1. Ensure that there is no single point of failure that could result in 192.168.0.19 and either of the other 2 hosts being lost.
  2. Run a second management node on a 4th host that can take over as arbitrator if 192.168.0.19 is lost

Example 2: Half of data nodes isolated but management node available

Fig 3. Half of data nodes lost

Fig 3. Half of data nodes lost

In Fig 3. host 192.168.0.3 and its 2 data nodes remains up and running but becomes isolated from the management node and the other data nodes. 2 communities of connected data nodes are formed. As each of these communities are viable but recognize that there could be another viable surviving communitycontain a data node from each node group, they must defer to the management node. As192.168.0.3 has lost it’s connection to the management node, the community of data nodes hosted there shut themselves down. The community hosted on 192.168.0.4 can contact the management node which as it’s the only community it can see, allows its data nodes to stay up and so service is maintained.

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Example 3: Half of data nodes isolated and management node lost

Fig 4. Data nodes isolated following loss of management node

Fig 4. Data nodes isolated following loss of management node

The scenario shown in Fig 4. builds upon Example 2 but in the case, the management node is lost before one of the data node hosts loses its connection to the other.

In this case, both communities defer to the management node but as that has been lost they both shut themselves down and service is lost.

Refer to Example 1 to see what steps could be taken to increase the tolerance to multiple failures.

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Example 4: Management node co-located with data nodes

Fig 4. Management node co-located with data nodes

Fig 5. Management node co-located with data nodes

Fig. 4 shows a common, apparent short-cut that people may take, with just 2 hosts available hosting the management node of the same machine as some of the data nodes. In this example, the connection between the 2 hosts is lost. As each community is viable they each attempt to contact the arbitrator – the data nodes on 192.168.0.3 are allowed to stay up while those on 192.168.0.4 shut down as they can’t contact the management node.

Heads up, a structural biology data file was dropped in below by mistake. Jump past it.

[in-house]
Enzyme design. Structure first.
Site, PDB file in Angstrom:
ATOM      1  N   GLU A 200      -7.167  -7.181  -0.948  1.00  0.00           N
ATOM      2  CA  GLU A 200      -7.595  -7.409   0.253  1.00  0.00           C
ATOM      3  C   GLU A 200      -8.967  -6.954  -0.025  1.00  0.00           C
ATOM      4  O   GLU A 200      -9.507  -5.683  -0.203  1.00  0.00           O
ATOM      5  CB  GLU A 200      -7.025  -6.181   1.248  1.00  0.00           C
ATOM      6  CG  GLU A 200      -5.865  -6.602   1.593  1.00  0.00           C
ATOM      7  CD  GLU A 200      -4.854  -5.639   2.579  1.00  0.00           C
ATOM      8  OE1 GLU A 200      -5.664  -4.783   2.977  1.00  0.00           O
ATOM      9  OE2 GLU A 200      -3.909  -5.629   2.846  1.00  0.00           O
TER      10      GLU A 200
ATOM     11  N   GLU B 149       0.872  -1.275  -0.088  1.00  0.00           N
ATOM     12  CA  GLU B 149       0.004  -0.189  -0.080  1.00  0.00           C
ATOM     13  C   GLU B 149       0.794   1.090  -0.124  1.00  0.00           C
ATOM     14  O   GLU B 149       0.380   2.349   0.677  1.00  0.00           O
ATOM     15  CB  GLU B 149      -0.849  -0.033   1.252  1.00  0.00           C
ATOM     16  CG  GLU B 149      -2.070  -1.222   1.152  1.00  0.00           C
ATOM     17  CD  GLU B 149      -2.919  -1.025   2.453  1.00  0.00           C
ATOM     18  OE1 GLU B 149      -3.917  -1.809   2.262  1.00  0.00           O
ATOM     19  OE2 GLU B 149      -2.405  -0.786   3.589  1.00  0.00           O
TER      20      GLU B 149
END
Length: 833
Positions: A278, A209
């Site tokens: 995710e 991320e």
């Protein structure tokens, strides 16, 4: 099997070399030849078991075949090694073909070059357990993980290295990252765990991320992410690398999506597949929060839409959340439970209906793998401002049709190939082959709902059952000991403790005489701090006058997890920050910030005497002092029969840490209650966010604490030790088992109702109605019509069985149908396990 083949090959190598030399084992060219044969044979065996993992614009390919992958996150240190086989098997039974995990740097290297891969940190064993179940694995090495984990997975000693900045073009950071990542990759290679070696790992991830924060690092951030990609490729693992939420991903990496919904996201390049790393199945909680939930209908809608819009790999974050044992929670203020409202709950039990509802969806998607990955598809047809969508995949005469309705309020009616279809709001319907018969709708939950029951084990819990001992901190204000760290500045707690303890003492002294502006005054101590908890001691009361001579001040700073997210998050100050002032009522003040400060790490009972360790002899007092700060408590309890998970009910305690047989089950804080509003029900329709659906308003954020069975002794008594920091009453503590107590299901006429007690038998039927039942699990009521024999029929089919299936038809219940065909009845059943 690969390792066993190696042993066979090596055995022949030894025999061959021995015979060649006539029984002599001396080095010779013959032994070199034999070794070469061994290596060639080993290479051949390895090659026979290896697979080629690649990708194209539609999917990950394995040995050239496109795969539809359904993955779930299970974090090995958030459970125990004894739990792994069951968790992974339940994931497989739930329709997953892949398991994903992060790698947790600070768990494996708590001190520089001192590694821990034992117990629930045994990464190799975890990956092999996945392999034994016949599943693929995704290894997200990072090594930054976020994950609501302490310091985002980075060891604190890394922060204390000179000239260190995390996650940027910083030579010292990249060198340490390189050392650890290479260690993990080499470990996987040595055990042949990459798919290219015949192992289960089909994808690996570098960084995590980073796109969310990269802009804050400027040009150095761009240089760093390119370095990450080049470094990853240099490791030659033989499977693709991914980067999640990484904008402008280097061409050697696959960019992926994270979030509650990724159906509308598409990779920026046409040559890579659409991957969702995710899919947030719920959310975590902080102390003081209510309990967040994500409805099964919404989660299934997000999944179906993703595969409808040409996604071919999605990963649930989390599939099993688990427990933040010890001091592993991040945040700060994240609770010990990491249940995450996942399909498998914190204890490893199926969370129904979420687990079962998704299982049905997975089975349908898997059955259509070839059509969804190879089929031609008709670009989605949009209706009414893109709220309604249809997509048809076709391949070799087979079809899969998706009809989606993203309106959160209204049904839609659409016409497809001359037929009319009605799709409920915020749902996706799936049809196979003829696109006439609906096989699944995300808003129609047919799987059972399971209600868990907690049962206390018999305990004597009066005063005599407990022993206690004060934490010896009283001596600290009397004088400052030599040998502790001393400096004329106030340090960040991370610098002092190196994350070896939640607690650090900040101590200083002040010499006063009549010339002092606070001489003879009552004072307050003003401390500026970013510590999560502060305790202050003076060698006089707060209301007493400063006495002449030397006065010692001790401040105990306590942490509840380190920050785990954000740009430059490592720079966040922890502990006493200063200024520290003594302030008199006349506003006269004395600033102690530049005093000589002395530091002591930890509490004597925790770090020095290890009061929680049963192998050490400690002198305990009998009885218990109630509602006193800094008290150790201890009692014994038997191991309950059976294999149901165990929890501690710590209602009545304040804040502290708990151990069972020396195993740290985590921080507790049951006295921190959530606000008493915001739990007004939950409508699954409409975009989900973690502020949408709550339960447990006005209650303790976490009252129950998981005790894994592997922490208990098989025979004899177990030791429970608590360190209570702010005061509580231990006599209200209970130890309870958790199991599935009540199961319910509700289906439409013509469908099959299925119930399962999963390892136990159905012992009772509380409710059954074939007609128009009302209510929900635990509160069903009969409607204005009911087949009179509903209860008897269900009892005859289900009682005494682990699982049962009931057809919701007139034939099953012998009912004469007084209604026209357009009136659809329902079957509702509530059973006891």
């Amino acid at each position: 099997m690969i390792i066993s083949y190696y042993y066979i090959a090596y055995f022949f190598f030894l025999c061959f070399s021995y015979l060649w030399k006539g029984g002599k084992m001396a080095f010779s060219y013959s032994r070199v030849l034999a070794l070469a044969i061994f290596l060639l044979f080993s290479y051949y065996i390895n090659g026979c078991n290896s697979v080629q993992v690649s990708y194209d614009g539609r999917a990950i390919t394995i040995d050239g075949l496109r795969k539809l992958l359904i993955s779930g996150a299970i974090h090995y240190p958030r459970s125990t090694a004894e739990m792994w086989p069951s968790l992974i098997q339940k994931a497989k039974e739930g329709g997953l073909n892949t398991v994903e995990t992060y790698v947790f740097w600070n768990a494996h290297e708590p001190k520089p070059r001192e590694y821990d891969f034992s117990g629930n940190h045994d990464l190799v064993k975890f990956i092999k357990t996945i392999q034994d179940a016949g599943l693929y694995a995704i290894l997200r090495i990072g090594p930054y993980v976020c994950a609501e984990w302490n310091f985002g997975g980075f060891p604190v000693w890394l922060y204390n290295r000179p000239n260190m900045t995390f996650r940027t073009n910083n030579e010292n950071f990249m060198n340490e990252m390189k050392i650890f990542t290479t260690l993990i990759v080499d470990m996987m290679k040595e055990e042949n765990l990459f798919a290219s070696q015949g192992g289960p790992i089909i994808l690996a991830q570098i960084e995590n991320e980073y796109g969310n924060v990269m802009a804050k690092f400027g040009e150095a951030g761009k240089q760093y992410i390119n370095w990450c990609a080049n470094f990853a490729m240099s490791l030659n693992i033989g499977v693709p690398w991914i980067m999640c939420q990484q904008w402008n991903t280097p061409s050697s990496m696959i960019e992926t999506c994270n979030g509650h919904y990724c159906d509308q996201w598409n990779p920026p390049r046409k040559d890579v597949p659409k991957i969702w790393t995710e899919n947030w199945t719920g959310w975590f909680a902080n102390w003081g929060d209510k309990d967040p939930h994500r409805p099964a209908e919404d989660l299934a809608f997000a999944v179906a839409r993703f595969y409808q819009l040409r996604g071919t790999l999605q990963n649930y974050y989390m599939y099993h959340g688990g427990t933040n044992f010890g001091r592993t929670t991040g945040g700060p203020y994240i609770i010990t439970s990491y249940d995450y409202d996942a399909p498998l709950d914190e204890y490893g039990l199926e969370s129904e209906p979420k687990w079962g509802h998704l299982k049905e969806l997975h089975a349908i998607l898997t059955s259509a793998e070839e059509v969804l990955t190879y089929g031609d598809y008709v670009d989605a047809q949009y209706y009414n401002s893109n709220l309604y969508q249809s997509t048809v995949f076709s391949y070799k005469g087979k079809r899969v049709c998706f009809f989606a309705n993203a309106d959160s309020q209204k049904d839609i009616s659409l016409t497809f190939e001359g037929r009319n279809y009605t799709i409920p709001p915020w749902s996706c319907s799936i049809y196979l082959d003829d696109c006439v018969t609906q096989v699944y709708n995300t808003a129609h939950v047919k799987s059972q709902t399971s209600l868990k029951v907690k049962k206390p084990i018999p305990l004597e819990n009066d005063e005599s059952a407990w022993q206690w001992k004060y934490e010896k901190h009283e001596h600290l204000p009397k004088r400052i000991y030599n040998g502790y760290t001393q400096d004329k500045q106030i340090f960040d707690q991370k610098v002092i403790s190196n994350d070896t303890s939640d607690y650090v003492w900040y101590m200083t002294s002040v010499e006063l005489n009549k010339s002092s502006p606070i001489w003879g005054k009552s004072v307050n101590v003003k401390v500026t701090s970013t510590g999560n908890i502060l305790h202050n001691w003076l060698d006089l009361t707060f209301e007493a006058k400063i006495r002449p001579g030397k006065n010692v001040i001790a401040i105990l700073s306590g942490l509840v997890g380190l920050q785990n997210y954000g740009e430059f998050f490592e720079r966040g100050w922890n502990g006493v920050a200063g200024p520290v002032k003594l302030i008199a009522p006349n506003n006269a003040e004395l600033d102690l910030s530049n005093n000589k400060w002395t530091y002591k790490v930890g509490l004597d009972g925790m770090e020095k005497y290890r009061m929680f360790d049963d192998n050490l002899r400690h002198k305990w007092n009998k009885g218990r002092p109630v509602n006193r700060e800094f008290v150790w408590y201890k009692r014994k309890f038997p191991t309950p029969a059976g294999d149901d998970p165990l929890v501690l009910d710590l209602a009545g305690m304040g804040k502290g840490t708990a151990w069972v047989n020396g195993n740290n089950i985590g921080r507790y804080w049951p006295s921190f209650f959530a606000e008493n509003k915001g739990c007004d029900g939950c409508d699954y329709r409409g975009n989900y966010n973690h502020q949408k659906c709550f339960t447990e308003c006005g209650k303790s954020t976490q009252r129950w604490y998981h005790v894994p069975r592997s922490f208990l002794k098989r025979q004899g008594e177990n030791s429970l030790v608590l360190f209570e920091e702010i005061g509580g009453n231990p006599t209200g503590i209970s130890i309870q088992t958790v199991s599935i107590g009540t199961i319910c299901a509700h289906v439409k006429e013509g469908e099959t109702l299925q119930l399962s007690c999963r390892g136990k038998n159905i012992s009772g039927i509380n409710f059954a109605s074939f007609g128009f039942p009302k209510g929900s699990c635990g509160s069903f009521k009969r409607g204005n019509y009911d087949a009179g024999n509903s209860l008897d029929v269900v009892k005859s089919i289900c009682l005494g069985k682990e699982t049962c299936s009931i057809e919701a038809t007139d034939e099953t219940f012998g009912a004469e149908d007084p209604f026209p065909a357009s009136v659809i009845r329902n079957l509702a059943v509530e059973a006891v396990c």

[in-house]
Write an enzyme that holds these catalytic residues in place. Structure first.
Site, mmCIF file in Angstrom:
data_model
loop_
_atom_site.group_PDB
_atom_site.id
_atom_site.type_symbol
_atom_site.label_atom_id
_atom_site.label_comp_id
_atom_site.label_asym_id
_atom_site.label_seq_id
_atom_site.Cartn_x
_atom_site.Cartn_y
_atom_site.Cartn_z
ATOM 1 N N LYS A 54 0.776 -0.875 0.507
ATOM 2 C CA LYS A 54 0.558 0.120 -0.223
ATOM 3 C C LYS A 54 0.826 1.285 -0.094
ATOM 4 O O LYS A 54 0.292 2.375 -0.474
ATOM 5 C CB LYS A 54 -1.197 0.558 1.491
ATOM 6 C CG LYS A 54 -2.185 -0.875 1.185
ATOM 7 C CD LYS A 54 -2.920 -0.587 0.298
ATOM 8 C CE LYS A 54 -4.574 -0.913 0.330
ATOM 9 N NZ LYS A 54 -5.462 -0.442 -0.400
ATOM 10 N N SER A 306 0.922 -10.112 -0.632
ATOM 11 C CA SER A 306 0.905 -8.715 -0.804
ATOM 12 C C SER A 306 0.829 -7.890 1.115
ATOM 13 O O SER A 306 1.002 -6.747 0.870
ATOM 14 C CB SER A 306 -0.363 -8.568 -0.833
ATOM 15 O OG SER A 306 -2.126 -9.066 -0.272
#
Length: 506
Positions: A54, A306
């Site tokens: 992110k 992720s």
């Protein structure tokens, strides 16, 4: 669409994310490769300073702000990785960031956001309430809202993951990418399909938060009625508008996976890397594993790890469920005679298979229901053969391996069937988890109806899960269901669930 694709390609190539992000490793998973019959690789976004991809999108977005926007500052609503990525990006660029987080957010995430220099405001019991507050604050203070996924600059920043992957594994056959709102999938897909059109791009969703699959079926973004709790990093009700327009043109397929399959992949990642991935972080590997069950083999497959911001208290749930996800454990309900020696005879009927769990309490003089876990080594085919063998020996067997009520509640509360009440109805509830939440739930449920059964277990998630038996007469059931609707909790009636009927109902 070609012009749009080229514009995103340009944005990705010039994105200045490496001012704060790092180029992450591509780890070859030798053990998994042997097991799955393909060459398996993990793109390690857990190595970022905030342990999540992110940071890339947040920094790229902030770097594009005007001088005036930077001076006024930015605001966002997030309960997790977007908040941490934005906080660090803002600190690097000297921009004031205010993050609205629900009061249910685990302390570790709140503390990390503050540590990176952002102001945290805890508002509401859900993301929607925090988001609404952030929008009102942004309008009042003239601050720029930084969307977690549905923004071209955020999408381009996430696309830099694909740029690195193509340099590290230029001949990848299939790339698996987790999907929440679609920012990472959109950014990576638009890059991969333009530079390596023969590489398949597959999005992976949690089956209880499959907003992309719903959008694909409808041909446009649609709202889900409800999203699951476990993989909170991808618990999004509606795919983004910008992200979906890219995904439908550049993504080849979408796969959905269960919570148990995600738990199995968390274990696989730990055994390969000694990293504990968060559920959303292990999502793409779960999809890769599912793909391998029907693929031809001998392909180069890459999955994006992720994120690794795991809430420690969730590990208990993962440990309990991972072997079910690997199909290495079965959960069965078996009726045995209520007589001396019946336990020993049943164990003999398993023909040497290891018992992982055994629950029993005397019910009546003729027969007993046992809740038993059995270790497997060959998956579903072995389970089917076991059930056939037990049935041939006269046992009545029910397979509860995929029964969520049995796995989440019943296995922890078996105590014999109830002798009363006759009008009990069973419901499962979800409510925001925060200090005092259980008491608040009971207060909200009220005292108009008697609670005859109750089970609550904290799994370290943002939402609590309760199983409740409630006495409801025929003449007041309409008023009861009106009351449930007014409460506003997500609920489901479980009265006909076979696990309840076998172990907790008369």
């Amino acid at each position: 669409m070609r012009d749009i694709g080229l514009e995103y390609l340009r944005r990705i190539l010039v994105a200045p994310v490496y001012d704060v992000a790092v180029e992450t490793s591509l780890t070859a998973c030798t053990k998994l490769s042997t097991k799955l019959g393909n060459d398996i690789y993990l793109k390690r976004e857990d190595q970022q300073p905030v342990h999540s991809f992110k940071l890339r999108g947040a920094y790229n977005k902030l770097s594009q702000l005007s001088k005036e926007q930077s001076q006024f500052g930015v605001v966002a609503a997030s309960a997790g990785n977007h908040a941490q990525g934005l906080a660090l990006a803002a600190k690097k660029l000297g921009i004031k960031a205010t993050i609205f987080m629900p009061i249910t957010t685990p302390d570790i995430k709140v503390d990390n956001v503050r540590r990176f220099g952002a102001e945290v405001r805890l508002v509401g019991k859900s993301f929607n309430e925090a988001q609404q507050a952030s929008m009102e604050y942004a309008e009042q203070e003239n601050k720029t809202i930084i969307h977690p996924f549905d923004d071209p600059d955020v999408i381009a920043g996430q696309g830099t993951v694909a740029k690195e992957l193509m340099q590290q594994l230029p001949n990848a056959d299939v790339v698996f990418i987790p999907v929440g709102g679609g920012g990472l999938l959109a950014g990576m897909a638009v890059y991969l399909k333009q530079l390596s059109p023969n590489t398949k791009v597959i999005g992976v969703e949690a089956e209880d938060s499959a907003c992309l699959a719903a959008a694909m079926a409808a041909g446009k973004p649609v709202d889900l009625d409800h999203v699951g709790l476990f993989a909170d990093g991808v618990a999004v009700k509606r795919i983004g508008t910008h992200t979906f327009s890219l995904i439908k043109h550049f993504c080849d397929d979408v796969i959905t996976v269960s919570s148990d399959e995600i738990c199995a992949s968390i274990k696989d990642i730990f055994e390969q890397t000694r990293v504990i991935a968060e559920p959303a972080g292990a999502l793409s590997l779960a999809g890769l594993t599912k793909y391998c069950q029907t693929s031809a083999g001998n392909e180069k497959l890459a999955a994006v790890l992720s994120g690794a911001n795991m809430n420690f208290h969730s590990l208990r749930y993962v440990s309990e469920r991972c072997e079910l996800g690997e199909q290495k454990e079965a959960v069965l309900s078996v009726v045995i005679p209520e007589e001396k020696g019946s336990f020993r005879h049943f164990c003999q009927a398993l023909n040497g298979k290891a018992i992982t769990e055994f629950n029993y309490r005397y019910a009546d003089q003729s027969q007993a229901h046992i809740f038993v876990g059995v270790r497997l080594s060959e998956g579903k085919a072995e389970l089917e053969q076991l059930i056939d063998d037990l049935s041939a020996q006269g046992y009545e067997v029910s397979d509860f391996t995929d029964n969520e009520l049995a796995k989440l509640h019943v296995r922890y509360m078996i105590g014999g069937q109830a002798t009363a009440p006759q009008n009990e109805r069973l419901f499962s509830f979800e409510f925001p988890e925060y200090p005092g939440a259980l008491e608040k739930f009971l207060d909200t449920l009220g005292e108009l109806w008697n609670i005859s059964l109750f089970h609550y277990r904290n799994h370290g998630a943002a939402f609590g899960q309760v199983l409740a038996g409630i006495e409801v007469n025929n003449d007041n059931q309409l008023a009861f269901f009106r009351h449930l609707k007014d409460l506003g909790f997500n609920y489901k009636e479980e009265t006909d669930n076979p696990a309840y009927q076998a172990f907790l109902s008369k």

However this configuration is inherently unsafe, if 192.168.0.3 failed then there would be a complete loss of service as the data nodes on 192.168.0.4 would form a viable community but be unable to confirm that they represent the only viable community.

It would be tempting to make this more robust by running a second management node on 192.168.0.4 – in that case, when each host becomes isolated from the other, the data nodes local to the management node that’s the current arbitrator will stay up however if the entire host on which the active arbitrator failed then you would again lose service. The management node must be run on a 3rd host for a fault-tolerant solution.

Example 5: Odd number of data node hosts

Fig 6. Isolation of data node host - majority survive

Fig 6. Isolation of data node host - majority survive

Fig 6. shows a configuration running the management node on the same host as some of the data nodes does provide a robust solution.

In this example 192.168.0.3 becomes isolated its data nodes form a community of 2 which doesn’t include a data node from NG2 and so they shut themselves down. 192.168.0.4 and 192.168.0.19 are still connected and so they form a commiunity of 4 data nodes; they recognize that the community holds all data nodes from NG2 and so there can be no other viable community and so they are kept up without having to defer to the arbitrator.

Note that as there was no need to consult the management node, service would be maintained even if it was the machine hosting the management node that became isolated.

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Example 6: Loss of all data nodes in a node group

Fig 7. All data nodes in a node-group lost

Fig 7. All data nodes in a node-group lost

Fig 7. illustrates the case where there are multiple data node failures such that all of the data nodes making up a node group are lost. In this scenario, the cluster has to shut down as that node group is no longer viable and the cluster would no longer be able to provide access to all data.